My world as a writer turned upside down today.
I visited one of the last remaining independent bookstores in the English-speaking world, to do what writers do in between digging out tiny slivers of chocolate from beneath the space bar on their computer keyboards and sharpening pencils just in case a young person shows up at the door and politely asks, “Excuse me, could you show me what is a pencil?”
That, of course, is to visit the bookstore and turn one’s own book from the spine-out position on the shelf to the more highly regarded face-out position — preferably de-facing the book of someone eminently more successful than oneself in the process. It’s unclear what benefits actually accrue to said writer, beyond a momentary smug-flush triggered by having pulled a BIG ONE on the global publishing industry while also delighting in one’s own propensity for sophomoric self-amusement. The life of a writer can be desolate; one must seek joy where one can.
However, the enjoyment factor plummets immediately upon discovering that one’s book is not only not in the overtly submissive spine-out position, but is nowhere to be found on its regularly-assigned shelf, upside-down on the floor nearby, under the sink in the bathroom, or on or near any other shelf within a 7-foot radius. The shock and awe is not at all tempered by the possibility that the book is MIA because someone has actually paid money for it and has taken it home to read!
Needless to say, the author/writer has no choice but to find a very young and sweet store employee who carries the very same curiosity for all things old-school (including author/writers over the age of, say, twenty-six), as the polite one who shows up at the door to ask, “Excuse me, could you show me what is a pencil?”
“Have you stopped carrying the book, or has it been ordered?” politely asks the author/writer.
“We sold one in December,” says the earnest bookish one. “Would you like me to order one for you?”
“Hmmm,” says the author/writer, leaning in over the counter with a gripping smile. “No thanks, I’ve already read it (coincidentally, at the same time I wrote it!) You know, I am in a position to drive people into this bookstore (and, in fact, would pick them up at their front doors and pull them in via rickshaw if they were in a buying mood!), but if you don’t plan to carry the book, I will have to send them to Barnes & Noble instead.”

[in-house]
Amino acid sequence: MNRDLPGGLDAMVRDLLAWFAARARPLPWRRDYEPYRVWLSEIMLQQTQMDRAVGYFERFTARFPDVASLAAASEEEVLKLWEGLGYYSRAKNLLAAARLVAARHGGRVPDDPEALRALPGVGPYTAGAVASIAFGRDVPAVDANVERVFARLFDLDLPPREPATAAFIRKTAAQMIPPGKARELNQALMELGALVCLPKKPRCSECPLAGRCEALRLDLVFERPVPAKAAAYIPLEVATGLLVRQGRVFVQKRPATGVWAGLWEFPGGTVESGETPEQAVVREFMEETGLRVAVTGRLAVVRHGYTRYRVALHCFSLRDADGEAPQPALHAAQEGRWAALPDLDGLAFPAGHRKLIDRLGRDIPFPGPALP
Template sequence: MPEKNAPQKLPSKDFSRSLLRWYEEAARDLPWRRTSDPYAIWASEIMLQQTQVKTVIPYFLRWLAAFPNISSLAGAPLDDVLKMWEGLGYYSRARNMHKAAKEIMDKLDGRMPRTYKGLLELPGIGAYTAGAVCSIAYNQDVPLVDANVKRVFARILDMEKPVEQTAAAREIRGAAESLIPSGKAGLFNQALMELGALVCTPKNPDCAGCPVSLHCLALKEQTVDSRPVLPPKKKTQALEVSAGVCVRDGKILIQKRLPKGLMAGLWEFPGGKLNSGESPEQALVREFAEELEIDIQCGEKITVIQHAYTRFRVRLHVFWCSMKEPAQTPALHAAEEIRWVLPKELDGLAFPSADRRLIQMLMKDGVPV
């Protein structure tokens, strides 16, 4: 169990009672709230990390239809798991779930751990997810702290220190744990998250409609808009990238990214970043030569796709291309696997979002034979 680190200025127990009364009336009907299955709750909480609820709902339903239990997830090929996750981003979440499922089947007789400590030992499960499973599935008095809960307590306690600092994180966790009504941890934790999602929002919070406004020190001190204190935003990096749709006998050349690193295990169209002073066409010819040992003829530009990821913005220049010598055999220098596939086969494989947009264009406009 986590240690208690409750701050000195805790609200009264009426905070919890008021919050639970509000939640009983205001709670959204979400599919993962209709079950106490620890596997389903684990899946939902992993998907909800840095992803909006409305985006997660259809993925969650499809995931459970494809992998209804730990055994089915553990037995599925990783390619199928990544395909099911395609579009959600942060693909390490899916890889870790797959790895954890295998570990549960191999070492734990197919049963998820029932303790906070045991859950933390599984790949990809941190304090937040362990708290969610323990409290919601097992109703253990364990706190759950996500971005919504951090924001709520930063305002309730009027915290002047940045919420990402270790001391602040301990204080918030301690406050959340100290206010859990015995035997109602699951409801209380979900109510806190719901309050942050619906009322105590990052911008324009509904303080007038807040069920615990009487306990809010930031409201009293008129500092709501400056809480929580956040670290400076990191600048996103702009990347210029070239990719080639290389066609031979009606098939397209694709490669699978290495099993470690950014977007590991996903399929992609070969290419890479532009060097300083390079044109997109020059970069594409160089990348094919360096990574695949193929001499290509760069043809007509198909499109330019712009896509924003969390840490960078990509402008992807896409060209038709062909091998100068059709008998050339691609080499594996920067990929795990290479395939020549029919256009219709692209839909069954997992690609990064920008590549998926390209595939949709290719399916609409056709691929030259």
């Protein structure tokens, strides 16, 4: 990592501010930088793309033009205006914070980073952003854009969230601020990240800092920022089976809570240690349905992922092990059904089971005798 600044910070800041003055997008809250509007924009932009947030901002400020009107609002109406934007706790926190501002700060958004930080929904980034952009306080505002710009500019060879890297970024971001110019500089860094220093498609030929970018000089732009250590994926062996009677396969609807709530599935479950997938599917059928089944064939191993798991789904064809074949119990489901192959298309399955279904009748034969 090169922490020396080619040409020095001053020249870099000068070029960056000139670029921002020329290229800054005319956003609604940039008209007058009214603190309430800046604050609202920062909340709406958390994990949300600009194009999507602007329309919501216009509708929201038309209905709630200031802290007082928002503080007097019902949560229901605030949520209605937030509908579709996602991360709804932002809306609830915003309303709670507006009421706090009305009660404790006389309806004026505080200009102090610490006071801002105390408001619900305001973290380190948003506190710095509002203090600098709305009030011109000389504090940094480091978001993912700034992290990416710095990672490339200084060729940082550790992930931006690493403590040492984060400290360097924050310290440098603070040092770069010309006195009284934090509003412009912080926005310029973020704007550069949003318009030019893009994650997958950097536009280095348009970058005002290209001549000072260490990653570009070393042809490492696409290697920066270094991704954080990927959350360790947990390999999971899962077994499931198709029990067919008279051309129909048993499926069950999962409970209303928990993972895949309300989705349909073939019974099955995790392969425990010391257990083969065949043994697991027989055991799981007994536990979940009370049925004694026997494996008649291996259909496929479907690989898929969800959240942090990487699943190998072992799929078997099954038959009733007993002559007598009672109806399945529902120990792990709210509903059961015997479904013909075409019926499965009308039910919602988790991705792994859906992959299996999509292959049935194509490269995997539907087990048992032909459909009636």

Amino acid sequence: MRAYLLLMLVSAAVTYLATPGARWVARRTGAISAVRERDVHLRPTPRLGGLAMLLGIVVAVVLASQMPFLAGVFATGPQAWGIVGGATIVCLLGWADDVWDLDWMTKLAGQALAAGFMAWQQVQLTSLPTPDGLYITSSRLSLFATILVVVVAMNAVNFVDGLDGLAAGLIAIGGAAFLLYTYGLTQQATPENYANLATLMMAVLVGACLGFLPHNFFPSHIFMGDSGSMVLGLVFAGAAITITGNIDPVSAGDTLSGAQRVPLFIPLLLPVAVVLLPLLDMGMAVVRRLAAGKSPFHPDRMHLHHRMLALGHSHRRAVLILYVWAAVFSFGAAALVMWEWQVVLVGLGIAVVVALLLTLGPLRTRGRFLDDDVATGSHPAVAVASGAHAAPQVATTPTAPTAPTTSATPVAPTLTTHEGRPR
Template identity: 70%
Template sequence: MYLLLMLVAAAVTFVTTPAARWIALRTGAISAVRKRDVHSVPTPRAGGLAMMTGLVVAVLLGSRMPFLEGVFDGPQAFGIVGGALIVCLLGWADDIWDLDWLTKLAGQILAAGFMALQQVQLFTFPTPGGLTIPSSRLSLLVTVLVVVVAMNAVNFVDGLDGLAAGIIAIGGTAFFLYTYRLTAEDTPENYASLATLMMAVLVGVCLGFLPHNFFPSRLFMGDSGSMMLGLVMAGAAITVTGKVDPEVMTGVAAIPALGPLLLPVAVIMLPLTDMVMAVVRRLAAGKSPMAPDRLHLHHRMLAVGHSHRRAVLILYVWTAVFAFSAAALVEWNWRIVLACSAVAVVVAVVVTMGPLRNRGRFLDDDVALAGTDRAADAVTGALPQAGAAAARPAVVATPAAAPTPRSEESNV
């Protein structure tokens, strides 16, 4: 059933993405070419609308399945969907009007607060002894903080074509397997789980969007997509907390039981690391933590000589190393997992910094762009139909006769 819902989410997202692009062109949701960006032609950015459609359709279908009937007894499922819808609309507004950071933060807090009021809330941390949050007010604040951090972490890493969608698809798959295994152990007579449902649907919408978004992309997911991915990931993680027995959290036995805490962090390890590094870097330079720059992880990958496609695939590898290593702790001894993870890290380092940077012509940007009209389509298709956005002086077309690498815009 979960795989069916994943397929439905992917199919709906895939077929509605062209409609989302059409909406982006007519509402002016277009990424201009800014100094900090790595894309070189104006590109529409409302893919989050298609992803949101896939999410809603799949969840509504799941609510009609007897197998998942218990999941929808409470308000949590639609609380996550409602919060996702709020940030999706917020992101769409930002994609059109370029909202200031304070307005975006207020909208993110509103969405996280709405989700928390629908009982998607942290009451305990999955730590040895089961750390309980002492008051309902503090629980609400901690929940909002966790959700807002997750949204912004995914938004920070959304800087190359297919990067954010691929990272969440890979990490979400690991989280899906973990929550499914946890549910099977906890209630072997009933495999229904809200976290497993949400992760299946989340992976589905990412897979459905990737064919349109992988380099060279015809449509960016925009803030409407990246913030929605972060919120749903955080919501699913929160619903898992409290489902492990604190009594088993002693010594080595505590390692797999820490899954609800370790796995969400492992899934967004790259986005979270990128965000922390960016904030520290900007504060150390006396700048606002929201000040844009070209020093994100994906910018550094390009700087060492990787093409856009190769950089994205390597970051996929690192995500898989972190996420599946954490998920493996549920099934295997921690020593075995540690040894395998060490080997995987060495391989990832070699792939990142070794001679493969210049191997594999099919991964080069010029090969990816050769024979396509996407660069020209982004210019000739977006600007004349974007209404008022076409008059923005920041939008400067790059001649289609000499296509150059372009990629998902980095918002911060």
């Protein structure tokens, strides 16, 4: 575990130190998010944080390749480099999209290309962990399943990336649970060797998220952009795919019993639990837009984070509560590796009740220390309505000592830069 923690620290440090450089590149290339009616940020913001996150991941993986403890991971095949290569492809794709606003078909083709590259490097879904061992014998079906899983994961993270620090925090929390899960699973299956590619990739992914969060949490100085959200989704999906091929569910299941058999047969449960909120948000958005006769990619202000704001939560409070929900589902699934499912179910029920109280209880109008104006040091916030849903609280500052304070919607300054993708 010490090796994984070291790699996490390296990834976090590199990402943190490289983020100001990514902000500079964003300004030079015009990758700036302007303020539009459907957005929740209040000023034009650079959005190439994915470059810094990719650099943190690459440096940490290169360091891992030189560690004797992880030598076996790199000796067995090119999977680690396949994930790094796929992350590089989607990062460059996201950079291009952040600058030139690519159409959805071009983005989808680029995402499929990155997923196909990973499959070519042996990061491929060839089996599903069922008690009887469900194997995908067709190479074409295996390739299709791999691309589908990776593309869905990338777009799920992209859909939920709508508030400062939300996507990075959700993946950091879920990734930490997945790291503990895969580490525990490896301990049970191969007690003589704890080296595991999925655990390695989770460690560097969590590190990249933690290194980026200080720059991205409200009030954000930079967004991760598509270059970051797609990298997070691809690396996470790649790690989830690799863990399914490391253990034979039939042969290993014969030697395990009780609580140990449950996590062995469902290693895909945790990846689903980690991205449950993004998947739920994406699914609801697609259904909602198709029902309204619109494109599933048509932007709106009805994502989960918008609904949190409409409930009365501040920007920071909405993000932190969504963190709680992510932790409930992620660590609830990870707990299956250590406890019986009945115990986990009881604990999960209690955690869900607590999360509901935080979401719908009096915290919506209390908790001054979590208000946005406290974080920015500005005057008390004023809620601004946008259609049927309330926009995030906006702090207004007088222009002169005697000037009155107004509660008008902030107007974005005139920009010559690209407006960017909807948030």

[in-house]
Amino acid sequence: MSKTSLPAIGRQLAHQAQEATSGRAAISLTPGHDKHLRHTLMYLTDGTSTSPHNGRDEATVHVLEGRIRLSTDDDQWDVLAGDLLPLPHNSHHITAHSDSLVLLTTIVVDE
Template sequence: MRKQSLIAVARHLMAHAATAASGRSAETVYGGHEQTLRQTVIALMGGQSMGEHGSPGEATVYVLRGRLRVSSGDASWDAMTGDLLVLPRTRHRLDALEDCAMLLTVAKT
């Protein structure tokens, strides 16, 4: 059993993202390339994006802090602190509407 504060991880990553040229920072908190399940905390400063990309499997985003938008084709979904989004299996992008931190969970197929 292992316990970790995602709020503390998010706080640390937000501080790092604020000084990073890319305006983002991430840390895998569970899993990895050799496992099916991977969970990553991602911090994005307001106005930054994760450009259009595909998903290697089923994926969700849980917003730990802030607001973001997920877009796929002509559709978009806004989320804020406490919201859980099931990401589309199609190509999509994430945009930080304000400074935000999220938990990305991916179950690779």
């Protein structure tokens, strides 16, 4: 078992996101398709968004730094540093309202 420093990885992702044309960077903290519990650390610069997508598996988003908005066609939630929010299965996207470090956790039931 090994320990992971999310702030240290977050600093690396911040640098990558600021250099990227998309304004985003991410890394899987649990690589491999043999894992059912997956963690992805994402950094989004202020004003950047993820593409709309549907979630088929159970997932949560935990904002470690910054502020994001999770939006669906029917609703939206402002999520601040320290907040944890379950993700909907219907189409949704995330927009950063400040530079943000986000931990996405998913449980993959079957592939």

“Hmmm,” says the staffer.
“Who might I talk with to learn whether you plan to continue carrying the book?” The adjective “gripping” no longer refers to the author/writer’s smile, but to the relationship of her fingertips to the edge of the counter.
“Oh, that would be (insert name of someone you can never reach), but he’s on vacation.”
The author/writer heads to B&N, where Someone (1) remembered the author from an interaction eight years ago, including the fact that said author/writer’s hair was now of a different length; (2) directed the author/writer to the Mother’s Day promotional display upon which copies of her book were piled; (3) said “Well, of course, it’s your book!” when asked discreetly whether the author could slip her blog bookmark into the copies; and (4) brought over the Autographed Copy stickers and invited the author/writer to sign her books.
Oh, goodness. What is one to do when one finds the higher –service quotient at the big store down the road, and not in its expected habitat at the indie location? The author pulls out a freshly sharpened pencil, and writes on the wall one-hundred times: Someone at Barnes&Noble may just be my new best friend…Someone at Barnes&Noble may just be my new best friend…Someone at Barnes&Noble may just be my new best friend…
Words of Wisdom for Women, by Rachel Snyder, now available on the Mother’s Day Gift Idea display, quite likely at a B&N near you. If you’re as lucky as I was, Someone will take good care of you when you get there.